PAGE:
Billie: I think horror is entering a heyday. There's one trend that's come along, maybe because of the popularity of the TV series THE WALKING DEAD, and that's zombies, that has been overwritten in my opinion. I mean it's like back in the 1950s when there were all those creature features at the theaters until the public tired of it. Then all the wackadoodle science fiction movies in the 1960s that quickly went sour. Then of course in the 80s and 90s there was the vampire invasion both in books and film. Yawn. That's how I see zombie fiction now. (I know there are a lot of fans of zombie fiction and they're going to hate me for this, but it's a trend, folks, that's all I'm saying, and all trends end.) A subgenre gets overwritten and gets old. On the other hand, there are some writers doing other kinds of horror that is really interesting. I love it when a genre inspires new writers and new ideas. That's happening now and it's great.
Anthony: Let’s put the books aside for a second. What do you like to do when you’re not reading or writing?
Billie: I like to watch movies, old black and white movies, when I get a chance. One of my pleasures is watching great SF movies. Things like MINORITY REPORT, INCEPTION, and the like. I like to garden, paint, take photographs, travel, and make quilts. I like to listen to talk radio (Coast to Coast AM) late at night. They have on crazy people and conspiracists and those folks are fun, but they also talk to scientists and authors and...heck, it's a habit I've gotten into listening to that show.
Anthony: When you are writing, do you have any preferences for background noise? TV or music or such? Can you give us some examples?
Billie: I don't mind any noise going on around me. I don't seek it out as in turning on the TV or my iPod, but I trained myself as a young novelist raising two children to be immune to background noise or interruption. So, no, I don't deliberately have music playing or anything. I just go off into my own world of the story and then nothing going on in the real world interferes.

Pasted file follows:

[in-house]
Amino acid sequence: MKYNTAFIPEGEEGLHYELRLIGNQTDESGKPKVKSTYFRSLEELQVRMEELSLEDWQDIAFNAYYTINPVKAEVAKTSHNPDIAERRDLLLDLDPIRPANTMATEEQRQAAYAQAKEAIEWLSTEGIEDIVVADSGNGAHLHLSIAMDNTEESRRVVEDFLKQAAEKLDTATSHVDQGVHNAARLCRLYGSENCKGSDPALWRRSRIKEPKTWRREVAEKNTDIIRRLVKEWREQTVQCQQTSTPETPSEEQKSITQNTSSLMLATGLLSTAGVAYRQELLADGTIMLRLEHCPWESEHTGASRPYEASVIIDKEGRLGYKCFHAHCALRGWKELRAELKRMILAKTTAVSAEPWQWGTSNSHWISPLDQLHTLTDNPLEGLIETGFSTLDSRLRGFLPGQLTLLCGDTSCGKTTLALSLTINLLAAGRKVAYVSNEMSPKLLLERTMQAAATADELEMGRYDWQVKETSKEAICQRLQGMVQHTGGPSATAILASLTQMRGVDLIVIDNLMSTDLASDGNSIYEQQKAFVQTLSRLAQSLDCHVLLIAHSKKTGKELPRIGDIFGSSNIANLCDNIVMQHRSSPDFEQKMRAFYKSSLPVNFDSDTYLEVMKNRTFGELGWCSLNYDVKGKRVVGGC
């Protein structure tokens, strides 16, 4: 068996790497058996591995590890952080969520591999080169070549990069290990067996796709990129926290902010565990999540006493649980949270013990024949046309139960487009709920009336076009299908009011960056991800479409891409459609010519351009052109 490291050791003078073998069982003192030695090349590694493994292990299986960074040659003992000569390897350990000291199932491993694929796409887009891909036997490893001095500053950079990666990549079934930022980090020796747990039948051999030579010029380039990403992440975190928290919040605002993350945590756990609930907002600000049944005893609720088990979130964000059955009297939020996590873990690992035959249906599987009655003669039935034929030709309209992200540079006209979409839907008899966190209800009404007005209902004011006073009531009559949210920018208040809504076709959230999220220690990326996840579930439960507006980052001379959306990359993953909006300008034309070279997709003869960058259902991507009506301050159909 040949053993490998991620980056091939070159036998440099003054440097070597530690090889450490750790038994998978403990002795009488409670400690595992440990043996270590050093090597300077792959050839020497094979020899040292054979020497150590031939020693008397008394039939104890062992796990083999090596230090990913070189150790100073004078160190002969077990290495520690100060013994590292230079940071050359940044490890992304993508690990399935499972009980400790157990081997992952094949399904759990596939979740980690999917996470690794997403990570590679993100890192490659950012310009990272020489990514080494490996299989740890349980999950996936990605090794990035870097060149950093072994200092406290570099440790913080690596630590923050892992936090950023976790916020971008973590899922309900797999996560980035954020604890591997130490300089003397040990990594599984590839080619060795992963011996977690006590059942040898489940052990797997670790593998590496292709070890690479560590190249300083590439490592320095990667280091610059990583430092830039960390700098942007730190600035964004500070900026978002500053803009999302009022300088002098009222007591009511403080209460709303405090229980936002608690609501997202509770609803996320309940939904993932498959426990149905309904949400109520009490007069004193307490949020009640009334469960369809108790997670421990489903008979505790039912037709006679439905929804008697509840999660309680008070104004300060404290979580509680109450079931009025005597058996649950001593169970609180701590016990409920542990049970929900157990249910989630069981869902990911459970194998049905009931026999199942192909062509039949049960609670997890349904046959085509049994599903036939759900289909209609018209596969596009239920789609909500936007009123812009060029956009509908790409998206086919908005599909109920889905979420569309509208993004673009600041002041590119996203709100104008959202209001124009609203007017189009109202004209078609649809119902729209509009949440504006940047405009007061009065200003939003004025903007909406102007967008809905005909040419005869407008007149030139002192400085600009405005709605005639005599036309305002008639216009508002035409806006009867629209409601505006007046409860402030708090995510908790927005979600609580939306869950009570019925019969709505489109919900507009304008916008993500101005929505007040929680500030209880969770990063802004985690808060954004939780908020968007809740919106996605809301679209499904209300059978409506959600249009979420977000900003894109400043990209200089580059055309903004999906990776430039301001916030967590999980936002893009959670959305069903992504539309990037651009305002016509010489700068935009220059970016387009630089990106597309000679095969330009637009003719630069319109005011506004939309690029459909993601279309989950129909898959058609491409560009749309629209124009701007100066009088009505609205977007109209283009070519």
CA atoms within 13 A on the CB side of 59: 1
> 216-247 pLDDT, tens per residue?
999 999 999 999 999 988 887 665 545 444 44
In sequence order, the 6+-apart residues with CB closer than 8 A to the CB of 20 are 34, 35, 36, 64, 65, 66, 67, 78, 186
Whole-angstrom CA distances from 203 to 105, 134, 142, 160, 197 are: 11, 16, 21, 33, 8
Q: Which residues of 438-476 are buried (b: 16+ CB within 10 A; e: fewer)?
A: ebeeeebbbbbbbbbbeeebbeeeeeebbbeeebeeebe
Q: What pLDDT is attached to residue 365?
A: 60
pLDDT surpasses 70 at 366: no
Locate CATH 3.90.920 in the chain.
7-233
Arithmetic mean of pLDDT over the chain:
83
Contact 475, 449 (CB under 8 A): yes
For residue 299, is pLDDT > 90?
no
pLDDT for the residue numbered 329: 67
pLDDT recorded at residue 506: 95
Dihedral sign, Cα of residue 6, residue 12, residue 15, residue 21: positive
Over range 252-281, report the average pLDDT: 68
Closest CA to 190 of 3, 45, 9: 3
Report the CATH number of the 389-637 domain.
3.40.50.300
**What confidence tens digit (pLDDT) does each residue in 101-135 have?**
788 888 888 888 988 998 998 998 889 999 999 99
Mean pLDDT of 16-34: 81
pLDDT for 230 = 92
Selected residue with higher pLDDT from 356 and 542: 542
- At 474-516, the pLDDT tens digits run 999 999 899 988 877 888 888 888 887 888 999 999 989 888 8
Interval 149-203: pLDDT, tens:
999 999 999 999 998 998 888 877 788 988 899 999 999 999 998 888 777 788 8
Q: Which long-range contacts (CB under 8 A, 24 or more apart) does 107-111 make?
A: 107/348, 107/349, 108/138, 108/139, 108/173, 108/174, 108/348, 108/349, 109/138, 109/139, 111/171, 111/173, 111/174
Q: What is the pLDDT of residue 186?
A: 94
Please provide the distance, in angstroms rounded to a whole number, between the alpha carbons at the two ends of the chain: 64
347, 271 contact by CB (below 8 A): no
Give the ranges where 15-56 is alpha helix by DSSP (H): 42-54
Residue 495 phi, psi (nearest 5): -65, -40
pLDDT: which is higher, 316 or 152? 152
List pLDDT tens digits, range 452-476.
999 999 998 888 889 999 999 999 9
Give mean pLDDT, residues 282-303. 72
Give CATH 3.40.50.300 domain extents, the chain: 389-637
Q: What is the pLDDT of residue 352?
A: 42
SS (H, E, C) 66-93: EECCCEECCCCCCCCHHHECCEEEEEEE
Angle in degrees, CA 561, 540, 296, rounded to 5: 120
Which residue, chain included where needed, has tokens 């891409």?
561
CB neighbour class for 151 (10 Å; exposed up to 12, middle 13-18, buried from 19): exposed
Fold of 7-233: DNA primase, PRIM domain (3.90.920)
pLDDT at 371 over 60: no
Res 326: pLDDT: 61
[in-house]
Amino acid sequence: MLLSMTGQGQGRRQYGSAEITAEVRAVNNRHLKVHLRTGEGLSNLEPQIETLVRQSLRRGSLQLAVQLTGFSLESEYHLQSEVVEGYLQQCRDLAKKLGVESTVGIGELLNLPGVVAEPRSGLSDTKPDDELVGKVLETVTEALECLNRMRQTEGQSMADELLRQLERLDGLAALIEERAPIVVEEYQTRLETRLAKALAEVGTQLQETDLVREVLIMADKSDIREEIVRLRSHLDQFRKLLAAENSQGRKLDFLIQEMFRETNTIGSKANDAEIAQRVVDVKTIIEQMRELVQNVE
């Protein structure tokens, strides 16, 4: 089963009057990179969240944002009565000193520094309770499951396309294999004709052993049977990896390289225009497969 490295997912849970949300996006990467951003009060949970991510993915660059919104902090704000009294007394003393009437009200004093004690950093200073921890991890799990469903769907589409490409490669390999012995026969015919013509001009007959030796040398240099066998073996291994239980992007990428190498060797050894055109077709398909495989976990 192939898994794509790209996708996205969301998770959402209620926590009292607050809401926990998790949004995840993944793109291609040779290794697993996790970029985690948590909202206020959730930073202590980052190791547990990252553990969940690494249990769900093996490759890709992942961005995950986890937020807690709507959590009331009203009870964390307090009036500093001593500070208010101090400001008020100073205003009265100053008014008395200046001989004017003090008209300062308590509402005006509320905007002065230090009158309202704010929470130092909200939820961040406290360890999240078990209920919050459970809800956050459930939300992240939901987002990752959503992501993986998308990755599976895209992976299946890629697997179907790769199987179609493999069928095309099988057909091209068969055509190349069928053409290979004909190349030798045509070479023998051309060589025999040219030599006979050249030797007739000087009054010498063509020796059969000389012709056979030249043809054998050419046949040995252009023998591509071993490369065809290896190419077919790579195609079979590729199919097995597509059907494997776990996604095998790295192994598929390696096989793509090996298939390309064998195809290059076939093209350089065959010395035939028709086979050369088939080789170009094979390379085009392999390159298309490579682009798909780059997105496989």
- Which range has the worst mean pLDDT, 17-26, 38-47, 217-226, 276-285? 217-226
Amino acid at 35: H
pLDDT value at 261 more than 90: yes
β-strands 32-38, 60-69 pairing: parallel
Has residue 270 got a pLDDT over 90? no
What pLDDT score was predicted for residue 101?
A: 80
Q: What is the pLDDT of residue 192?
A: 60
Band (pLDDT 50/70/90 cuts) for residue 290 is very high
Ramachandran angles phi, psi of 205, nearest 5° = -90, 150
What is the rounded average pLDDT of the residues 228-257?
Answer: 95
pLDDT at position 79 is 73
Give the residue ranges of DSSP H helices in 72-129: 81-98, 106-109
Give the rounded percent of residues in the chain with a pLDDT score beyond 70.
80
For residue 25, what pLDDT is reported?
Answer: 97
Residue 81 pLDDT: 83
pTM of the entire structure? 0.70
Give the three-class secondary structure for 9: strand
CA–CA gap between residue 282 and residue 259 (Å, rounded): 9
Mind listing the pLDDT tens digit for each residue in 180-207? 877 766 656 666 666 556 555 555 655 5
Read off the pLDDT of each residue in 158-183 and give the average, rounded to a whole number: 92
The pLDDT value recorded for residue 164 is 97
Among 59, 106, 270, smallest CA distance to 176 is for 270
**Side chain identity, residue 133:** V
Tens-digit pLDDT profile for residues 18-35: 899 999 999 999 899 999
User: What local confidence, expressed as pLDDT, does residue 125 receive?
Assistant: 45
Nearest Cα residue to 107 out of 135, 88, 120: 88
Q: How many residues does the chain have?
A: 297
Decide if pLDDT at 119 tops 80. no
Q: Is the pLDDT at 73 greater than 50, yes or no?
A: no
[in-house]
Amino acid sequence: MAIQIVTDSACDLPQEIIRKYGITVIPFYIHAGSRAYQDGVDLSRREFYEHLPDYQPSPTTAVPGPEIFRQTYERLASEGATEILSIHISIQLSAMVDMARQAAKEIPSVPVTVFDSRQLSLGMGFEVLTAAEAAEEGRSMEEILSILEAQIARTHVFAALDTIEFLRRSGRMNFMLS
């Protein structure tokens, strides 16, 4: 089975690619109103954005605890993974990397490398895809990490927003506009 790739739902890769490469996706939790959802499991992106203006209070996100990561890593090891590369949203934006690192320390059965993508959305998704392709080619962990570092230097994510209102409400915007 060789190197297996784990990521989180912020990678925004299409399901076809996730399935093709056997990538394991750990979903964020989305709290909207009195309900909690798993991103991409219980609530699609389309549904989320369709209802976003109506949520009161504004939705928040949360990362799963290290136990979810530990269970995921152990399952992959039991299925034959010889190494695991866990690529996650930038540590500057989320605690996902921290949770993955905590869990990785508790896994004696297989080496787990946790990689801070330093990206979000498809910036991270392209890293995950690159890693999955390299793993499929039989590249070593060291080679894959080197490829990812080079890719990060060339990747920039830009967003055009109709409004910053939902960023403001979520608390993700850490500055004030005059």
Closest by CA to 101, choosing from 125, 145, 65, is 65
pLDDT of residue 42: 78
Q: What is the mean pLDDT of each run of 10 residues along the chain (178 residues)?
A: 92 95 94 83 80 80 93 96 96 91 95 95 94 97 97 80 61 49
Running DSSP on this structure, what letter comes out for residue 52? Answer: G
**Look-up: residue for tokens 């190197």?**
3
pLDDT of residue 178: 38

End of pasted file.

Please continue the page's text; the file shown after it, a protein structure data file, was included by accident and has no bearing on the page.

Anthony: I’m a carrots and celery sticks man when I write? What’re your munchies when you’re pounding the keys?
Billie: Honestly, I don't eat when writing. Sometimes I've written all day long without eating a bite. I drink pots of coffee. I get sick of coffee, I drink tea or cola or water. I just don't eat.
Anthony: Who are the biggest influences on your writing and inspiration to write?
Billie: There were so many. It started when I was a girl reading Somerset Maugham, continued into my teens and twenties reading F. Scott Fitzgerald and Steinbeck, continued into Flannery O'Connor and Truman Capote and Tennessee Williams, on into Phillip K. Dick and Jim Thompson and John D. MacDonald. Then I began on the modern novelists and particularly the ones in my field of suspense/horror. I read every book Stephen King ever wrote, many of the other horror novelists of his ilk. These were my influences and inspirations. The old novelists did some things modern novelists didn't even know. Modern novelists did things never thought of by the great authors of the past. They all taught me something.